Our Story

The 2013 Flood

From its sparkling headwaters in Rocky Mountain National Park to its confluence with the South Platte, the Big Thompson watershed provides the water we drink, the food we grow, the wood we harvest, the fishing and wildlife habitat we enjoy, and the beauty we treasure. Whether you are a resident within the watershed, a downstream water user, or one of millions who visit and explore the Big Thompson River every year, this waterway holds special value to the livelihoods and lifestyles of those connected to it.

During the catastrophic flood of 2013, many of the ways people were connected to and benefited from the Big Thompson River were significantly impacted. The flood occurred over a five day rain event in September 2013 that brough 15-20 inches of rain to the watershed. Flood waters were funneled down the Big Thompson Canyon destroying the river channel, roads and infrastructure, homes, and much of the land around the river. The flood claimed two lives in the Big Thompson and six more statewide, led 13 counties to declare a state of emergency, and in total left a wake of damage estimated at over $2 billion statewide.

Storm Mountain

Big Thompson River in the aftermath of the 2013 Flood

BTWC Staff at Storm Mountain

US 34 damage resulting from the 2013 Flood at the Narrows

BTWC Staff at Storm Mountain

The confluence of the North Fork and the Big Thompson River was heavily impacted washing out roadways and depositing huge amounts of sediment

Our Beginnings

Soon after the flood, the Big Thompson Watershed Coalition (BTWC) was formed as a 501(c)3 nonprofit organization by a group of landowners, volunteers, and local agencies to help private property owners and other groups collaborate over flood recovery and long-term improvements to the health of this treasured area, its wildlife, and its communities.
From 2013-2018 we helped raise over $15 million dollars in federal, state, and local funds for flood recovery and river improvement projects, developed 3 large- scale river management and restoration plans, completed 10 major river enhancement projects and two infrastructure projects, and worked with over 150 private landowners and organizations in the process.
Flood Recovery

Flood recovery project at Cedar Cove post-construction

BTWC Staff at Storm Mountain

Flood recovery project on the North Fork of the Big Thompson during construction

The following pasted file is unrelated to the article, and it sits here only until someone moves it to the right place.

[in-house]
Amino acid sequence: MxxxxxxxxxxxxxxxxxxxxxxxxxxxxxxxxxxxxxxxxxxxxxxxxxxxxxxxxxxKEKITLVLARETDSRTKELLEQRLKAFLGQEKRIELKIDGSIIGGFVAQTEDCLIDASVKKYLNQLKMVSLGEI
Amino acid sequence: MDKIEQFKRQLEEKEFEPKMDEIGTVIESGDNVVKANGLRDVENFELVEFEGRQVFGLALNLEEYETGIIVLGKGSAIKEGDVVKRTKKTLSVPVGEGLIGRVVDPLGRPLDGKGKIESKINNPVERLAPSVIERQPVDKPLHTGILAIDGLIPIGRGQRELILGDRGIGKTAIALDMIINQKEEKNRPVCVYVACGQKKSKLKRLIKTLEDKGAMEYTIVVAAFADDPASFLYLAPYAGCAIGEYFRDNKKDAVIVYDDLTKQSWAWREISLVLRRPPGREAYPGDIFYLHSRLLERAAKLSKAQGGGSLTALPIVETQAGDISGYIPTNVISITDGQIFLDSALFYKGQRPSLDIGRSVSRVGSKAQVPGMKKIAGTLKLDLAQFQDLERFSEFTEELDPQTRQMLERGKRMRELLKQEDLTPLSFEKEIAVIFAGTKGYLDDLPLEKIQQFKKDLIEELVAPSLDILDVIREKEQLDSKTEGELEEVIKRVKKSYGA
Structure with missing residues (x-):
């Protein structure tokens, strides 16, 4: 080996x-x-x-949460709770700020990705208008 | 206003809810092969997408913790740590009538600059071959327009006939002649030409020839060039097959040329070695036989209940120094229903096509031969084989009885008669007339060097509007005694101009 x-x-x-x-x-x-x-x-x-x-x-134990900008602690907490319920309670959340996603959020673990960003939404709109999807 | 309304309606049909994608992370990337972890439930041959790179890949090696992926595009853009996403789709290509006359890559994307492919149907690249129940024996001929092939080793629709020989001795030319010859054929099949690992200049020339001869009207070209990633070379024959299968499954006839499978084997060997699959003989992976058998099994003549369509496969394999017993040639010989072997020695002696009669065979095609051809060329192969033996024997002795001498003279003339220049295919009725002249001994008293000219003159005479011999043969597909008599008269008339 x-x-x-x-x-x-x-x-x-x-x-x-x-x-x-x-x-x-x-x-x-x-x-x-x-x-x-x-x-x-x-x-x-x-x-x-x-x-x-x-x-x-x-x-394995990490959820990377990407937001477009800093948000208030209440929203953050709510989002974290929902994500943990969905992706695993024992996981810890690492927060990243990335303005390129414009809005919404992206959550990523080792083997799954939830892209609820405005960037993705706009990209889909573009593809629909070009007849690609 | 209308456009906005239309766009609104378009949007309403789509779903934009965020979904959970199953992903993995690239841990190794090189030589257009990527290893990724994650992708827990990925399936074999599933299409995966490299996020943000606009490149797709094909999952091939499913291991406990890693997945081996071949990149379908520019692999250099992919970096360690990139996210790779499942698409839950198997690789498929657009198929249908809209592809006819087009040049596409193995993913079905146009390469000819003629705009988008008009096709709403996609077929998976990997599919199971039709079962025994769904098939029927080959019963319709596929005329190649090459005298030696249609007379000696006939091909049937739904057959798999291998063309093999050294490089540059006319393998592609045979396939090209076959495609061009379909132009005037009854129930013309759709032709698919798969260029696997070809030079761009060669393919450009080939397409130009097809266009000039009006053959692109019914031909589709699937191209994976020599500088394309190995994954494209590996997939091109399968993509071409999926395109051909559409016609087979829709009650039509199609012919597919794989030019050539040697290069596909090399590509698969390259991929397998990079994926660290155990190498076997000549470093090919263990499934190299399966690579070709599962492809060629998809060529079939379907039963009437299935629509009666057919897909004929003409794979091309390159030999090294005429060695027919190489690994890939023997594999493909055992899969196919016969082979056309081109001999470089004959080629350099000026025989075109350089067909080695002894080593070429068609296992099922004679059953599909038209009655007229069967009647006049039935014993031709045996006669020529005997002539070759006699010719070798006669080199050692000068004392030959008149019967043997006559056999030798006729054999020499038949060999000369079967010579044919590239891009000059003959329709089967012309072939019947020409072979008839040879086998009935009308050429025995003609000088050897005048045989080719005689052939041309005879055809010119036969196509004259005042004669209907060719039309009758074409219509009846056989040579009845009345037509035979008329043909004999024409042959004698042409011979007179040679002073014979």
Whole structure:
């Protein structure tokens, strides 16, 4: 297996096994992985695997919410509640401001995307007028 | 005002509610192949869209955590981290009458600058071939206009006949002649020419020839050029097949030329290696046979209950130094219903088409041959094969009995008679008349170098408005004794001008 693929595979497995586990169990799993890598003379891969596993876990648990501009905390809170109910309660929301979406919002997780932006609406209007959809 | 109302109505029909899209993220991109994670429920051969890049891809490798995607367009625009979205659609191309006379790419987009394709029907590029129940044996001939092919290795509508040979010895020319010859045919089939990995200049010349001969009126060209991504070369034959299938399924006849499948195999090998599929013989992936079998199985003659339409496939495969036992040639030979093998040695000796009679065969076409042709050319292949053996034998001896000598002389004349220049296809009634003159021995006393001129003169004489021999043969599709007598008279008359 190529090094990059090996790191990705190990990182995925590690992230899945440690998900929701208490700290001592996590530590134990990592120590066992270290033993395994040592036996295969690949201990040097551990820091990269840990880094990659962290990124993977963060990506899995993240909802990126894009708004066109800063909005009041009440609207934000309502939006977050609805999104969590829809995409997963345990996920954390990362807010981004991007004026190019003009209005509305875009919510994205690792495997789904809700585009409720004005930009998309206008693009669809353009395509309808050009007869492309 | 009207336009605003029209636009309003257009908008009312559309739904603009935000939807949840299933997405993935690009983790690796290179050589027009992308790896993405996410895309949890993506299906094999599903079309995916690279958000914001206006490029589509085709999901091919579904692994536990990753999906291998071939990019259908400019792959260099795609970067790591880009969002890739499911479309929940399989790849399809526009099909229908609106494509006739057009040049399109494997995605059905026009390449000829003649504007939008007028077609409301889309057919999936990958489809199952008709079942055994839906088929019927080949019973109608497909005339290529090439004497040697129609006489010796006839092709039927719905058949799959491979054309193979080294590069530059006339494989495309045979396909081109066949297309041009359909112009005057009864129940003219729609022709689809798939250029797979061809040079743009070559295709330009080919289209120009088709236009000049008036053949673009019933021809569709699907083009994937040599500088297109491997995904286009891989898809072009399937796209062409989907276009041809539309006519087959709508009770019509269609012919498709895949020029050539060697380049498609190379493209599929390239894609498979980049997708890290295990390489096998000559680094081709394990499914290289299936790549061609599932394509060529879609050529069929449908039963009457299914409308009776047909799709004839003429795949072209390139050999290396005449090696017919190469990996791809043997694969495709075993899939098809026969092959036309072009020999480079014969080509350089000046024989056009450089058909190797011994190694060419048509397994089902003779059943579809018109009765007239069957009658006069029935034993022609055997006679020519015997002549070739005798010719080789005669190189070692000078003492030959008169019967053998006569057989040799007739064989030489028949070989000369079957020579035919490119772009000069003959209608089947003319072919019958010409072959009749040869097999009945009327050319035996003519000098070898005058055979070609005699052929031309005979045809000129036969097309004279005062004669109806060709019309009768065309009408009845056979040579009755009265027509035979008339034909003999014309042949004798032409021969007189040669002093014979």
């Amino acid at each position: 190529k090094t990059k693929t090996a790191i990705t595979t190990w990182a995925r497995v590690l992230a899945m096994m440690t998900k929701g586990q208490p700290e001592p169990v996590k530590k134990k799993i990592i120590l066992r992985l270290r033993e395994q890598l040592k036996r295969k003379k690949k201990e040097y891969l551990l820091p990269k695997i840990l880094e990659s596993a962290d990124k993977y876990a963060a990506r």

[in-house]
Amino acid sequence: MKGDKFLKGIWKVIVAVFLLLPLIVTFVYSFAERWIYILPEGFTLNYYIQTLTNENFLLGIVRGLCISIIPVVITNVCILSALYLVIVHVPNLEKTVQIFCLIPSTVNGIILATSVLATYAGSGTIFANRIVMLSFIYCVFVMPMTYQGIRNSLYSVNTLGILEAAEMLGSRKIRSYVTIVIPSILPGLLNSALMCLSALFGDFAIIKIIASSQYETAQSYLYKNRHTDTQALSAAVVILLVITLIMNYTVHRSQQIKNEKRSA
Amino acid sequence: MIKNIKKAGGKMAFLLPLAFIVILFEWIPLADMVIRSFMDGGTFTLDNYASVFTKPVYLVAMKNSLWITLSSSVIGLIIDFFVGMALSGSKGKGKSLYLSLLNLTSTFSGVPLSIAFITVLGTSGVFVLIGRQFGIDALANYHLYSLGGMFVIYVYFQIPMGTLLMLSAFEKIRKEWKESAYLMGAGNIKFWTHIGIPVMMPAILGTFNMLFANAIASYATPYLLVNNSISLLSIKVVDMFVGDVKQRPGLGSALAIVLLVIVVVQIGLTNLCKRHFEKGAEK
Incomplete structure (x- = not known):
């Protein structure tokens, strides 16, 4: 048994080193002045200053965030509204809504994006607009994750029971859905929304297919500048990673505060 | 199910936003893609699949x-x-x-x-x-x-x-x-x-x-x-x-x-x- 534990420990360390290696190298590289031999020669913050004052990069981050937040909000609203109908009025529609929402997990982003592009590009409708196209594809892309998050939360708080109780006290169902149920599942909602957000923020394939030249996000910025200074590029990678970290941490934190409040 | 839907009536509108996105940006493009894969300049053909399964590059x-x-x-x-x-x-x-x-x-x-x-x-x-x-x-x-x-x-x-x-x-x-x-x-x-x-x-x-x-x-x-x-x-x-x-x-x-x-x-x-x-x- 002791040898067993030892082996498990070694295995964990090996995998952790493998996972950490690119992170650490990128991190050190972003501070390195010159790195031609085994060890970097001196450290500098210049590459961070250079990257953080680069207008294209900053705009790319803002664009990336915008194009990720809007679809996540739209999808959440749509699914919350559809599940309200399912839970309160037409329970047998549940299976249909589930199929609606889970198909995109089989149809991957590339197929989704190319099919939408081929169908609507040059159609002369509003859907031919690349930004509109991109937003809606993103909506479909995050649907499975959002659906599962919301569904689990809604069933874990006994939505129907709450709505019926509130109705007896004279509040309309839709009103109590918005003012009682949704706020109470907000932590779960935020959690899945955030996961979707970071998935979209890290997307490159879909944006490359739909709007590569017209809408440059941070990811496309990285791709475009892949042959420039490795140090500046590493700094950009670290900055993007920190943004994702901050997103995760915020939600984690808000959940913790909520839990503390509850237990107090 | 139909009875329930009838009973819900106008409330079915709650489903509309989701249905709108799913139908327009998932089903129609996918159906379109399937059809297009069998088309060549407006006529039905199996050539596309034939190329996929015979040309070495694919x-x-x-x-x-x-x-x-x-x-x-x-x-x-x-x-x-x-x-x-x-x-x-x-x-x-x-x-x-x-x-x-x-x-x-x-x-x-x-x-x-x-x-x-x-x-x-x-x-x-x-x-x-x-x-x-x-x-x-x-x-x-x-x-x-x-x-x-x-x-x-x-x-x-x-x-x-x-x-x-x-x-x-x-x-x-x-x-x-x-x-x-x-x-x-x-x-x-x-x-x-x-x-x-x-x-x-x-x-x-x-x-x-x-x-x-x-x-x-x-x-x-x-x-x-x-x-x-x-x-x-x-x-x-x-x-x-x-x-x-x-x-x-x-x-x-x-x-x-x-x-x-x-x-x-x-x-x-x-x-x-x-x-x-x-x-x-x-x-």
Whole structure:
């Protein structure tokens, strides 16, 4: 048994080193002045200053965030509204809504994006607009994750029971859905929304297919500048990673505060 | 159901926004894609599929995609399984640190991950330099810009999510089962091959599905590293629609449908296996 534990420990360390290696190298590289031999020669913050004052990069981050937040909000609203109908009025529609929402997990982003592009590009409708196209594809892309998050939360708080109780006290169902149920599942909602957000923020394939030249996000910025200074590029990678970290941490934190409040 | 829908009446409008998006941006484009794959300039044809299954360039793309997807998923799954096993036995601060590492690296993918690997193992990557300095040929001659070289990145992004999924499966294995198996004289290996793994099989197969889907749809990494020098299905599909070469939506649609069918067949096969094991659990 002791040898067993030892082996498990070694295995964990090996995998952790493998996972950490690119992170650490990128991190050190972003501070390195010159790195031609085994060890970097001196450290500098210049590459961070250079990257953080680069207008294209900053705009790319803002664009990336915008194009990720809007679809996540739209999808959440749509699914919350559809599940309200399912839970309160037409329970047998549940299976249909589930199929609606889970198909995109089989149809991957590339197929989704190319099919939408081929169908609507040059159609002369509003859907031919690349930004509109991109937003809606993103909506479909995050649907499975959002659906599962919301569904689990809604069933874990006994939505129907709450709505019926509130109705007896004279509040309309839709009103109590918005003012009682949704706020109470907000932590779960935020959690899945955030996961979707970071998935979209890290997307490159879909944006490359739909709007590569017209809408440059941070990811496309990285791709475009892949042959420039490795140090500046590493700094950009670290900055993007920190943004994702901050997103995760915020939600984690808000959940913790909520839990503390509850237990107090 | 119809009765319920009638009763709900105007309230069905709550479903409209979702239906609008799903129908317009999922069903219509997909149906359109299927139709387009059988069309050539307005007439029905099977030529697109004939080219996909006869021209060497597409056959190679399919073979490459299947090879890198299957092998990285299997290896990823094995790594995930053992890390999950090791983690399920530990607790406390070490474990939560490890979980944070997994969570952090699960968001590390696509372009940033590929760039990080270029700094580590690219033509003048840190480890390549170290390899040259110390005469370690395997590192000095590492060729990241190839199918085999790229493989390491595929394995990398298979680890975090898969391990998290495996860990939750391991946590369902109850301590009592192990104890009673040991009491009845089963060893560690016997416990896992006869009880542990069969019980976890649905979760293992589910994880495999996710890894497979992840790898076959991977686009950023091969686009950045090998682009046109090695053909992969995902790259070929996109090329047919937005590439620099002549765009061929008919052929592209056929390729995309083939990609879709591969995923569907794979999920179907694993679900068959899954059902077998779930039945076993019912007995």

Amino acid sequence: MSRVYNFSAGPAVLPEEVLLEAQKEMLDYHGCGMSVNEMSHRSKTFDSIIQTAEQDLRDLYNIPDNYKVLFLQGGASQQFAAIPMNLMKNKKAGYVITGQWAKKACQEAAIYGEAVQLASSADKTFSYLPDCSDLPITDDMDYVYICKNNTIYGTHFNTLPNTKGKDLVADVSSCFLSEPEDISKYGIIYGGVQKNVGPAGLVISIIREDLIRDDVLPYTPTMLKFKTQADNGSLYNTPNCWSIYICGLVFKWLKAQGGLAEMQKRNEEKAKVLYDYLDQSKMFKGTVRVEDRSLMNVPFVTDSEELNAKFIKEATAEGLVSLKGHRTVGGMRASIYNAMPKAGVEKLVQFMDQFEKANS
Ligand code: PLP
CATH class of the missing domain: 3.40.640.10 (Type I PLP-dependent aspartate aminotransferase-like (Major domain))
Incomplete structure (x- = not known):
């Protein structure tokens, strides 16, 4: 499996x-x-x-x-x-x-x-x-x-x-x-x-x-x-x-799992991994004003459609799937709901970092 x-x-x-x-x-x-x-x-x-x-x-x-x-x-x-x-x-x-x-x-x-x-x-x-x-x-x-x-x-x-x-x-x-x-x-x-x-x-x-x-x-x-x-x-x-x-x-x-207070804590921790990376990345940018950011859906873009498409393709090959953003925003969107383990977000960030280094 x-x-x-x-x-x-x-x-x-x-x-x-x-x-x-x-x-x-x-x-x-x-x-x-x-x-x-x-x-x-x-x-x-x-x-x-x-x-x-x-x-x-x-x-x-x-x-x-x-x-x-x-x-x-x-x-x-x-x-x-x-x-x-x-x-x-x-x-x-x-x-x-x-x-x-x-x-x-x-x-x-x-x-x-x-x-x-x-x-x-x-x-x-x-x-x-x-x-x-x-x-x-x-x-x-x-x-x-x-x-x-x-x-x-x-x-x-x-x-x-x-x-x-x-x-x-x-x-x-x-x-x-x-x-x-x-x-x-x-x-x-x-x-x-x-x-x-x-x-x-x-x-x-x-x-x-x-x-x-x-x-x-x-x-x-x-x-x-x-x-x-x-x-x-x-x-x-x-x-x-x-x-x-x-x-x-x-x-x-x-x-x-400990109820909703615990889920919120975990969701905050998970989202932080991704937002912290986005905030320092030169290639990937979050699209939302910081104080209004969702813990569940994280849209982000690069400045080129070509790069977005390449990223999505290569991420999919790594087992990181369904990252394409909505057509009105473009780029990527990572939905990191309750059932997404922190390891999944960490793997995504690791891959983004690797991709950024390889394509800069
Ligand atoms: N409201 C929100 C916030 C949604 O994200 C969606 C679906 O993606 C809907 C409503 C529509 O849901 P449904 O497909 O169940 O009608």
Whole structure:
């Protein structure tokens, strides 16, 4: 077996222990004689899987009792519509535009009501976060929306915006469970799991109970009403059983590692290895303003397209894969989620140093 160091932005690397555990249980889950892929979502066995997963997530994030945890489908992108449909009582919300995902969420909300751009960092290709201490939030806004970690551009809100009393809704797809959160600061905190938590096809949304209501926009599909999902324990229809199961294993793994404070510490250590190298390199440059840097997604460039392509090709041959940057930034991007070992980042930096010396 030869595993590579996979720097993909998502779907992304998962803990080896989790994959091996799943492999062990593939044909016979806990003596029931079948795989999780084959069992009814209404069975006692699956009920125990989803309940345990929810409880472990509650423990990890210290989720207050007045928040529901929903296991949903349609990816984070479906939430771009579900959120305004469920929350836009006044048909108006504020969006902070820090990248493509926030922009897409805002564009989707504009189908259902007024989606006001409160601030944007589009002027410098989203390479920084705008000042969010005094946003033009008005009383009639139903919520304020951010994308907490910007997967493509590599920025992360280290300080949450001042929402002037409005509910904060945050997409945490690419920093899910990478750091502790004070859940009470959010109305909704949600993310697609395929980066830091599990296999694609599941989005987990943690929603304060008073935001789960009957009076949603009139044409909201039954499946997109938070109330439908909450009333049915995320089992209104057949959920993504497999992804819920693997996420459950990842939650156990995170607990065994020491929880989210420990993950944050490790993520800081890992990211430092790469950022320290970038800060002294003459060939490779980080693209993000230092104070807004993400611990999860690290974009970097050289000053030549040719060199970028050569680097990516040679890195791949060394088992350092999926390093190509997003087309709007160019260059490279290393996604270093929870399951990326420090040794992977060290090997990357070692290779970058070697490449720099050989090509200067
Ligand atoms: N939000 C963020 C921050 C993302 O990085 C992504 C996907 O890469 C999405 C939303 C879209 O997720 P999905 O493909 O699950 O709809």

BTWC Staff at Storm Mountain

Flood recovery project at Jasper Lake post-construction

BTWC Today

After completing our final flood recovery project in 2018, we began looking toward the future of the watershed and our role in it. Knowing that there was still a need for an organization to help with restoration and resiliency building in the watershed, we forged ahead and developed a new forestry program to address wildfire risk and increase forest health, we completed a River Envisioning Project that identifies priority areas for river improvement projects through Loveland, and we responded to recovery needs following the Cameron Peak Fire.

We have brought nearly $5 million to the watershed for Cameron Peak Fire recovery and are just getting started with growing our forestry and stream restoration program. We are focused on continuing to grow our partnerships and impact in the watershed and believe through collaborative actions we can build a better Big T.

Wildfire Recovery Workday
BTWC staff lead volunteers through a wildfire recovery workday
Forestry Project Planning
BTWC staff, Loveland Fire Rescue Authority, and landowners planning a forestry project
BTWC Staff at Storm Mountain
BTWC staff talking with community members about The River Envisioning Project at our annual Trek the Thompson Event

Our Mission

Working with others to take action that protects and restores the health and vitality of the Big Thompson watershed for the use and enjoyment of our community.

Our Vision

A healthy and resilient Big Thompson watershed benefitting fish, wildlife, and the people it serves through collaborative efforts for current and future generations.